The majority of our members renew their AAPT membership in the Fall. Please take a moment to check your current membership status. Your AAPT membership offers flexible pricing - choose to receive print versions of one or both of our journals, The Physics Teacher and American Journal of Physics, or access them online. And don't forget - as an AAPT member, you have online access to current and fully archived content to your AAPT journals. While online, be sure to update your member profile. If you have any questions, please do not hesitate to contact the Membership Department directly ( 301.209.3333, email@example.com). We are here to serve you. Thank you for your continuing support of AAPT, and physics education.
The Physics Teacher Journal is Seeking a High School Column Editor
The Physics Teacher (TPT) is opening a search for applicants with a background in high school physics teaching, and who are interested in providing and/or soliciting manuscripts, materials, and resources for a TPT column largely devoted but not limited to issues of concern to those teaching introductory physics in secondary school. If you (or individuals you'd recommend) are suited for the role, please contact the editors at firstname.lastname@example.org for more information.
AAPT Member Spotlight
Bismarck State College, Bismarck, North Dakota
AAPT Career Center Offers FREE Postings
The AAPT Career Center offers FREE postings to employers recruiting seasonal interns. Locate the best fit for your organization by reaching the future of the science community - the AAPT membership, as well as the members and student members of the American Physical Society (APS Physics), AVS Science and Technology, and the Society of Physics Students and Sigma Pi Sigma.
Get the word out! Your posting will also appear on the Physics Today Jobs site, which when combined with the job sites of the organizations mentioned above forms the ultimate online science, engineering, and computing career network, ensuring maximum relevant visibility for your internship.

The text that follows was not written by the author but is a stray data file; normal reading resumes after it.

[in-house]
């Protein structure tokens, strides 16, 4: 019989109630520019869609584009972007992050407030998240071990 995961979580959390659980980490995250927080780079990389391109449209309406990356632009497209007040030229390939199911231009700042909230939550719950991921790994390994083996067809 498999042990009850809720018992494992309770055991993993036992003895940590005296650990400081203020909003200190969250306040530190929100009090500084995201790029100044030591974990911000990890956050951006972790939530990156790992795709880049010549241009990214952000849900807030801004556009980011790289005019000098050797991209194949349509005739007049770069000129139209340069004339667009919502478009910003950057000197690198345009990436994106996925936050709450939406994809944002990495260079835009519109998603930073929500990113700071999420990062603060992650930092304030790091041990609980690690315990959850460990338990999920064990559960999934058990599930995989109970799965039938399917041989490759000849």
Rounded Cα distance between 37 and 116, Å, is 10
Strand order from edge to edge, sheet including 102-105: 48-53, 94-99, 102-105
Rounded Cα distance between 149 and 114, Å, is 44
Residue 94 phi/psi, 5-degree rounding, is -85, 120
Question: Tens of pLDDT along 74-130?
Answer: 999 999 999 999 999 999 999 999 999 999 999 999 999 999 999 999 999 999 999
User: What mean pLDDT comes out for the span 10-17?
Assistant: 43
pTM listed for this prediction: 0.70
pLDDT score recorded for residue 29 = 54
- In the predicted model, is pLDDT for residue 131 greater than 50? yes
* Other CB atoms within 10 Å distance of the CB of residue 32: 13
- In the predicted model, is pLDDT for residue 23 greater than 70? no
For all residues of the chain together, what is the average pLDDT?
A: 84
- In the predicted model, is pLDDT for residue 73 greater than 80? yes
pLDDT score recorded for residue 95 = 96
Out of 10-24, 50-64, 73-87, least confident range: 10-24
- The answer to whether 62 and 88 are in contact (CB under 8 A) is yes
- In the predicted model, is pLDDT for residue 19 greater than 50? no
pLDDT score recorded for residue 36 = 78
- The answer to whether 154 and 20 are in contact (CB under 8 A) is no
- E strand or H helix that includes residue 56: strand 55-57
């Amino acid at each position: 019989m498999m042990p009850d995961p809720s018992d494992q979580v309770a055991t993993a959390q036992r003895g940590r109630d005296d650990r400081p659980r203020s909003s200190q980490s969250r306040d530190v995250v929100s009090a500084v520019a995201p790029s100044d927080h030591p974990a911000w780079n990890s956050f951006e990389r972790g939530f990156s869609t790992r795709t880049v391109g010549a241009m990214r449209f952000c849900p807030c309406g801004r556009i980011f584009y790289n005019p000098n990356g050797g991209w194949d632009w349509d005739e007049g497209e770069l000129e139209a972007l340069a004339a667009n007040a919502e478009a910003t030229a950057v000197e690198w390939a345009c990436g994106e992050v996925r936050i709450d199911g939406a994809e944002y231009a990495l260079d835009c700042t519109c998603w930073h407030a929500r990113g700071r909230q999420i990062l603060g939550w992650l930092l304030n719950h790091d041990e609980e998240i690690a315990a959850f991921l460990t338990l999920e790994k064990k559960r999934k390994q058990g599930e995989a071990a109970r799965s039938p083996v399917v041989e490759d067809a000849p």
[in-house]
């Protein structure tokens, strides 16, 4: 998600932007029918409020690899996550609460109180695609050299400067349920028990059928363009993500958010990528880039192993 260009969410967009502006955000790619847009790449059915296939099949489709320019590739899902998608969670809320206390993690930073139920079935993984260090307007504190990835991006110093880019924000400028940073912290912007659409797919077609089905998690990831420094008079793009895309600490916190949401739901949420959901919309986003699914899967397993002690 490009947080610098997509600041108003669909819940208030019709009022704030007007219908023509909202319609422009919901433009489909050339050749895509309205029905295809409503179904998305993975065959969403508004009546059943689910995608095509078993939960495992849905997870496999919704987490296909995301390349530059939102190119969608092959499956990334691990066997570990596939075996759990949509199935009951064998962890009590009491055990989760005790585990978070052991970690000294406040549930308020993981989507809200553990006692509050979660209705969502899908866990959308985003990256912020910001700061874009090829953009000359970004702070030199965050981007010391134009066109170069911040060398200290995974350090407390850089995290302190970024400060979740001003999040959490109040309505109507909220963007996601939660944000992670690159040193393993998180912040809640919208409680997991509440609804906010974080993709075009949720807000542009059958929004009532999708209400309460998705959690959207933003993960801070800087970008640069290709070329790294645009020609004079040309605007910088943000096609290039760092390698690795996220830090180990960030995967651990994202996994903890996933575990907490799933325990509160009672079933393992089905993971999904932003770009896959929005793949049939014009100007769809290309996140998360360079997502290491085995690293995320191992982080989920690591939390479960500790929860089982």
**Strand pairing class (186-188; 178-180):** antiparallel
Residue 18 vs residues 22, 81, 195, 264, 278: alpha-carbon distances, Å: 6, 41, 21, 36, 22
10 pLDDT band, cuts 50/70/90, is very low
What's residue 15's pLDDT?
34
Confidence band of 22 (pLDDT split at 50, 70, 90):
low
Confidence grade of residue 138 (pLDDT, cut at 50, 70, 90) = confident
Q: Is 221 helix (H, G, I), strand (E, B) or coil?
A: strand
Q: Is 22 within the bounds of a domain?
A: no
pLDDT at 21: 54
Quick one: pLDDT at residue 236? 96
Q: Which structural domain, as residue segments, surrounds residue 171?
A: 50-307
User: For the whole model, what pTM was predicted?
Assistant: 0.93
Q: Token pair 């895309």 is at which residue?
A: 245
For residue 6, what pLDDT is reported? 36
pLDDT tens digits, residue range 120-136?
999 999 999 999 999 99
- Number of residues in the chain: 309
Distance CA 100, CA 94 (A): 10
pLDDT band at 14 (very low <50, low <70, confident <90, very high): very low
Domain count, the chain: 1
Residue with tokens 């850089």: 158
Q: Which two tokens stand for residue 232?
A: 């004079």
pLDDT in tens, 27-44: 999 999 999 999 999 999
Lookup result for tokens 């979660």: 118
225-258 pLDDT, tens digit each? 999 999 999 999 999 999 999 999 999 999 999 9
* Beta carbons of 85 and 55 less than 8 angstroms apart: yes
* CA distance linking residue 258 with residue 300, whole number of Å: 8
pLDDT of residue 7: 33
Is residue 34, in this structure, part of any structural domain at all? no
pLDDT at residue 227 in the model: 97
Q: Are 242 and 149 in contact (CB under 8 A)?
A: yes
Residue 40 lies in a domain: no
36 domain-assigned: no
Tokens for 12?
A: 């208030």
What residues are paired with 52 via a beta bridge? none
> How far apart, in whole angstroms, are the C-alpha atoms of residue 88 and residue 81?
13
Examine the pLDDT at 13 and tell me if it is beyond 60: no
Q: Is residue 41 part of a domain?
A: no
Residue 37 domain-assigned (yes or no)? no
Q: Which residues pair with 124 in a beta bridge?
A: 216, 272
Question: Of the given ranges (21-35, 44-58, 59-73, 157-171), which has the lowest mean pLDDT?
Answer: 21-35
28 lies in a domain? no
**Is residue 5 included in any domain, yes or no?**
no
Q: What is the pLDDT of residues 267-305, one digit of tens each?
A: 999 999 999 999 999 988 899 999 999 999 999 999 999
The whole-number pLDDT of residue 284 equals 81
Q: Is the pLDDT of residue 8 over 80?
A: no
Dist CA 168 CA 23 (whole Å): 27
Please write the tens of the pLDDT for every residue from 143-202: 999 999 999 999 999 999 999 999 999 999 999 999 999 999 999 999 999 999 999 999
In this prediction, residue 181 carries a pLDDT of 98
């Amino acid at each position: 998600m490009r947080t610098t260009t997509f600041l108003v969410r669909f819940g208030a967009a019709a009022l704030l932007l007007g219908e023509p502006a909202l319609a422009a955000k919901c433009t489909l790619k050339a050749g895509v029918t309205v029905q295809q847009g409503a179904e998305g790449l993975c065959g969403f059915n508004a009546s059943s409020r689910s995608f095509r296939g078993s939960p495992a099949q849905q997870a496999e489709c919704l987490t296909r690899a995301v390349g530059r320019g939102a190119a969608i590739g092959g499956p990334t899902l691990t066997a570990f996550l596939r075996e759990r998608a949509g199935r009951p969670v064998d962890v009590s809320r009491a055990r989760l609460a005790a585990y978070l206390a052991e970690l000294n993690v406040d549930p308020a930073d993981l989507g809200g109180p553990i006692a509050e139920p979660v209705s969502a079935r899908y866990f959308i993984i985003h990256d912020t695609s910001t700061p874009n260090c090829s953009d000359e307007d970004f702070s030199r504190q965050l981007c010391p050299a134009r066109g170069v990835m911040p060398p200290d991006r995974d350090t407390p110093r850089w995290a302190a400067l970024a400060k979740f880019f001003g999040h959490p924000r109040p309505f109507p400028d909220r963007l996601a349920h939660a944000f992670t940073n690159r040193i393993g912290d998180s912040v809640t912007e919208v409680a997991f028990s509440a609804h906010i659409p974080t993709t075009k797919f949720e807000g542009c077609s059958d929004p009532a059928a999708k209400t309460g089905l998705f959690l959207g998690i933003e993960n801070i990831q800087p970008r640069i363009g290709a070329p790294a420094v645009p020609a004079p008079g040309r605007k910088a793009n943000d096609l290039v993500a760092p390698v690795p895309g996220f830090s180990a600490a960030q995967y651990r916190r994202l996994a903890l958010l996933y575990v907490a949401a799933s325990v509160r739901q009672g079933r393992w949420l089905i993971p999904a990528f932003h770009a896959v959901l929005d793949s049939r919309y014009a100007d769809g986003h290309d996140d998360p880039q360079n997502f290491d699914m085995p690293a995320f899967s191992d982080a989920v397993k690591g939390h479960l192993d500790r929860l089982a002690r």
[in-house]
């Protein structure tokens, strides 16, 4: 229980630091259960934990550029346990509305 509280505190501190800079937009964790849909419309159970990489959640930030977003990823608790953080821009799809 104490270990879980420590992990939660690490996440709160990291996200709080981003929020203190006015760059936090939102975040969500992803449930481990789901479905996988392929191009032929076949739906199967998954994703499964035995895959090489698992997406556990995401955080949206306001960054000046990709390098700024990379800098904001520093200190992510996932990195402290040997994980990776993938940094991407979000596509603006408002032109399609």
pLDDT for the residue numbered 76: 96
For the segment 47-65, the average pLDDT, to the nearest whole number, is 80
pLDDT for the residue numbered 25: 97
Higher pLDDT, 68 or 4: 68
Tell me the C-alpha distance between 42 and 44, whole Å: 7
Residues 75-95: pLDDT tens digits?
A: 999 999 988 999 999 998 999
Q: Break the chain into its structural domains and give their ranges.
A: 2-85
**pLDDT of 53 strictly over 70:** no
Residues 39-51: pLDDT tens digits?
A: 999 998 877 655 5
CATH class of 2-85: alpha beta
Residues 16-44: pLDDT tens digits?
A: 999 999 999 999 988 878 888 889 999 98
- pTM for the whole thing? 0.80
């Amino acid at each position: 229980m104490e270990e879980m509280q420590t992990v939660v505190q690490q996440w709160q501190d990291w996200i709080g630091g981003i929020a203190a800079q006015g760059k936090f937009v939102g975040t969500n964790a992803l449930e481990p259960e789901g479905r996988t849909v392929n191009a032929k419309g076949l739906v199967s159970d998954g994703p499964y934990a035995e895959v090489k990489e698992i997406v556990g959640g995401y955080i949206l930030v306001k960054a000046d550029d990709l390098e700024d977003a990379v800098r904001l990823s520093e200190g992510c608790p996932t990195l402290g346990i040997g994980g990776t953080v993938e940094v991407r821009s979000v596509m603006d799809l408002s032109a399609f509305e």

Visit jobs.aapt.org to get started.
Department Chairs at Primarily Teaching Colleges and Universities
AAPT has established an Email listserv for physics department chairs at primarily undergraduate institutions and other primarily teaching institutions. Nancy Donaldson, Rockhurst University, will serve as listserv administrator. To sign up for the listserv, click on the following link: mail.aapt.org/read/all_forums
TS AAPT members have put together an impressive series of physics and physical science sessions for the upcoming State Teachers Association of Texas (STAT) conference for teachers K-12. These sessions are due to a collaboration between university, TYC, high school, and supporting vendors. In addition to providing sessions for K-12 science teachers, members provide a booth for the 3 day conference that allows teachers to purchase materials, ask questions, sign up for workshops, or join TS AAPT (and AAPT national as well.) Jess Dowdy, Bill Waggoner, Paul Williams, and Joe Musser typically head up the booth activities which include demos and distributing kits with easy activities for the teachers to take back to their classrooms. The conference content sessions are typically presented by PTRAs. Due to the reputation and high quality of the sessions, there is often standing room only. The 2016 CAST meeting registration is now open. Kudos to TS AAPT for contributing to CAST and providing teachers this opportunity for professional development.
Computational Physics at AAPT Section Meetings